Black Water Well

The Dark Arrow Trilogy #3

by Mathias G. B. Colwell

With his family free of enslavement, Elliyar and his companions chart their course back home. However, there is more to be done before they can return to Andalaya. Rihya is captured by the brother of Half-Mask; the three-way conflict is coming to a head between both elven races and the humans; and Elliyar is waging a war inside himself as well as without. Elliyar decides to strike a decisive blow at the heart of the southern kingdom, in the hopes of ending this struggle once and for all, and to save himself in the process. Dark and light, hope and despair, battle inside and out as Elliyar Wintermoon fights to save his people and rid the world of the Unsired.



The inky-black water beckoned Half-Mask’s ship as he sailed into the protected waters of the Midnight Cove. This was as close to home as he ever felt. Half-Mask wasn’t quite sure he understood what others meant when they spoke of home, didn’t quite understand the warmth in their tones or the joy on their faces. But maybe this feeling of rightness he felt as the prow of the ship cut through the dark waters was something like what they were speaking of when they thought of home.

Black water met light in a familiar way where the cove and the surrounding sea collided. Clear blue and green waters had been left behind as they entered the Midnight Cove, named for the dark water that contrasted so sharply with the rest of the seas around the Enclaves. This particular Enclave and the fortress on the shore called to him. Half-Mask smiled to himself, tongue idly touching the points of his needle-sharp teeth. The King of the South would be pleased he had arrived. His father was impatient and not one to be kept waiting for overly long.

The warship dropped anchor near to shore and Half-Mask disembarked onto a skiff rowed by slaves. A few trusted nobles accompanied him but, in anticipation of the meeting with his father, it was difficult to even remember their names.

“Row faster!” The Prince of Darkness grimaced as he watched the shore inch nearer. Half-Mask cursed and cuffed the slave nearest to him. “I said row, damn you!” A few of the nobles looked at the prince nervously, sensing his changing mood.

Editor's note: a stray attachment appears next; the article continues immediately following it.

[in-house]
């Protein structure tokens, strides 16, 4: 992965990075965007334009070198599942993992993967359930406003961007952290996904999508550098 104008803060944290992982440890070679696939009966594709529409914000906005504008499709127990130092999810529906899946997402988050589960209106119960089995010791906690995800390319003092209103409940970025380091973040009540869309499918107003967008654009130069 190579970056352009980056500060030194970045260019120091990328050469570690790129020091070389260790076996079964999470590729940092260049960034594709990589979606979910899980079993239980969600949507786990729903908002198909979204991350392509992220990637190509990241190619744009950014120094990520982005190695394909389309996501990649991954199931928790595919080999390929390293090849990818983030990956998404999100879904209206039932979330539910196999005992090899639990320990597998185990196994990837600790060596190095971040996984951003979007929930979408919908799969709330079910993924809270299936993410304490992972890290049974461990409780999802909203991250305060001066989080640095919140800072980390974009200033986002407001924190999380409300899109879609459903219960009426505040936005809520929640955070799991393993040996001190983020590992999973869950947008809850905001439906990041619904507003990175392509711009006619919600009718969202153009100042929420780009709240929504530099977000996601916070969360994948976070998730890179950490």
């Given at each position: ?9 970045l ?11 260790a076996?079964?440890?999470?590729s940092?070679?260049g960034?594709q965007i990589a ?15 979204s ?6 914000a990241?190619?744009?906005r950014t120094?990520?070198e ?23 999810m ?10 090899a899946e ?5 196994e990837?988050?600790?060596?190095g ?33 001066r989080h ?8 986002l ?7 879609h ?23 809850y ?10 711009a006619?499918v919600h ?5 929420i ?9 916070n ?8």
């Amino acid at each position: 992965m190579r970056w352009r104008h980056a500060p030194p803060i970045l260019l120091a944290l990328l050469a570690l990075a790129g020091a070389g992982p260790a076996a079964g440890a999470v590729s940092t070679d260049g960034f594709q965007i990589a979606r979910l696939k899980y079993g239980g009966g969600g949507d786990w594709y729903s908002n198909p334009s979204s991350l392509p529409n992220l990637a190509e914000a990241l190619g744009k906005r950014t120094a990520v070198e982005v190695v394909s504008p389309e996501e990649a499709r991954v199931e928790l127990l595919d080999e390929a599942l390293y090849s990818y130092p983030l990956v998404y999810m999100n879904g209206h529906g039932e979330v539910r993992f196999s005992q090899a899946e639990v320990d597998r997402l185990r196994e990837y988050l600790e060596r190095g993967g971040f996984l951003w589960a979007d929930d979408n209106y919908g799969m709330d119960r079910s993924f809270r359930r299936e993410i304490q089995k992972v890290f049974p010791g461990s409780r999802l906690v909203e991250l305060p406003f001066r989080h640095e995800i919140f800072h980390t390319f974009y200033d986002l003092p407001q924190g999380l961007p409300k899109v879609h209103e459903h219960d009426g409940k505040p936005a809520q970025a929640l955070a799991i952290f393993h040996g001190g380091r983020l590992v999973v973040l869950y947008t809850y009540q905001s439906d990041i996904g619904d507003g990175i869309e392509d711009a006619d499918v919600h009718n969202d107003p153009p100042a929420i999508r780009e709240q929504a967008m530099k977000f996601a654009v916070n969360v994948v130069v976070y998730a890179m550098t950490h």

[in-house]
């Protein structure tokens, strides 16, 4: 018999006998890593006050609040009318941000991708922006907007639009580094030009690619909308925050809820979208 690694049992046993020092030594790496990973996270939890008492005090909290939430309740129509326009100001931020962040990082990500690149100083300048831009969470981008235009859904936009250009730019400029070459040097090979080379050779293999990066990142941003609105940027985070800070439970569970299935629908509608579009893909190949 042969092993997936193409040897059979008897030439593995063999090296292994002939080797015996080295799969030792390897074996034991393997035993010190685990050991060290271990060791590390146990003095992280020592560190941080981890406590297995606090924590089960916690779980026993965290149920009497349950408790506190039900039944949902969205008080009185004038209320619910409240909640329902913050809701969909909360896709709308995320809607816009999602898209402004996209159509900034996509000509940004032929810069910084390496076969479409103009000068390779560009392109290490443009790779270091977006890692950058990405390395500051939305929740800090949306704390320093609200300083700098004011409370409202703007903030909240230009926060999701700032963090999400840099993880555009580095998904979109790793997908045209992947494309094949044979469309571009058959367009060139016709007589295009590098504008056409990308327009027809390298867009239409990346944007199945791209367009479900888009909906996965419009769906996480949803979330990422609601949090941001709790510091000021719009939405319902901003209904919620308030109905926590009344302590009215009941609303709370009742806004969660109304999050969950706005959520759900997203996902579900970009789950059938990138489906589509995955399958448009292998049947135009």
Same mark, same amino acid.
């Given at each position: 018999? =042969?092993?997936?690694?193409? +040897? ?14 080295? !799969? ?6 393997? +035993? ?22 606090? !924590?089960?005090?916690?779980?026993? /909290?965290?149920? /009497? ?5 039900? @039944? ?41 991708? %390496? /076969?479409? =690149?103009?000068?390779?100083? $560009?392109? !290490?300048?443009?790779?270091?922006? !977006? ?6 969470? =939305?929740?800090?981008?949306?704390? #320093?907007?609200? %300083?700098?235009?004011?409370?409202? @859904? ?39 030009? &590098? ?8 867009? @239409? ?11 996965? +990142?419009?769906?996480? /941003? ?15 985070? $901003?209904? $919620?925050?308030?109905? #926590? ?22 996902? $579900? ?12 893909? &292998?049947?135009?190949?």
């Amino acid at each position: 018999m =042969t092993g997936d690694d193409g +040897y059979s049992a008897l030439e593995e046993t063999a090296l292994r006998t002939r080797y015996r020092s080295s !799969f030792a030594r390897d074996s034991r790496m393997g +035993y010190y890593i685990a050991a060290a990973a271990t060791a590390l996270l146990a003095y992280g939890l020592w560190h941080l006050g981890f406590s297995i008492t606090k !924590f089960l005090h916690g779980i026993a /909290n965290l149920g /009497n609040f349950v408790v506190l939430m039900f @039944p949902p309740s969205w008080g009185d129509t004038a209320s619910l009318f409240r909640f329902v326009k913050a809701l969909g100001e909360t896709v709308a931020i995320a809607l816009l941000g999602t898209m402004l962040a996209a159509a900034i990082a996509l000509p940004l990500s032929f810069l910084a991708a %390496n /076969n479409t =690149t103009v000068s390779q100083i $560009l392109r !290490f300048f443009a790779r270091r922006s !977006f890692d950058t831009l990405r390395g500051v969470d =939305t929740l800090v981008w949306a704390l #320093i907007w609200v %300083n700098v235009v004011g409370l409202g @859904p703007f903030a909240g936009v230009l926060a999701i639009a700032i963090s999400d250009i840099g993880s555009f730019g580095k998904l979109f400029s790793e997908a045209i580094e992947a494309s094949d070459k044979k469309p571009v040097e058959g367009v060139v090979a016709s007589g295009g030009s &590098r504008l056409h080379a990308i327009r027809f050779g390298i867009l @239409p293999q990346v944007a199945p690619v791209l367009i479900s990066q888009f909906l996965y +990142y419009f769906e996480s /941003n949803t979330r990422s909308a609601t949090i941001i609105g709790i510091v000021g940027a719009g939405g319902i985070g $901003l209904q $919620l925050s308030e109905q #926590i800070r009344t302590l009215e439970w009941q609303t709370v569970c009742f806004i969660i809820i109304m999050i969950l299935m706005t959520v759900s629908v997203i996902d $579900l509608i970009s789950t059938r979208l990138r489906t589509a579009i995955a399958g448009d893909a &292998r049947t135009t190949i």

The closer he came to the fortress and the King of the South the more anxious he became. He would have to tell him—his father—what he had done. He would not be pleased.

The next few minutes were a nervous blur, and Half-Mask hated it. He should not be nervous. He was the Prince of Darkness, after all! Was he not as powerful as his father? But, then again, had his father ever made a mistake like this before? He angrily shook away that thought. It made no difference: what was done was done. The boy was what he was now, and there was no changing the past. Not even Half-Mask or his father could do that. Even a Spectralist had limits to his power.

Before he knew it, Half-Mask was striding through the small throne room, or as close to a throne room as existed here at the Midnight Cove. This wasn’t exactly a royal palace. The fortress was a refuge, a haven, a special place for Half-Mask and the king. It was where his father had first discovered the darkness so many years ago. It was a place to create, to replenish, to retreat, and to reemerge stronger and better and more powerful. It was not a place from which to rule—that was the purpose of Dark Harbor. The grand southern port was the hub of all life in the south. Merchants came and went; slaves arrived, worked, and died; and the nobles competed in their petty politics. But here at the Midnight Cove was where the true power lay. The well was here.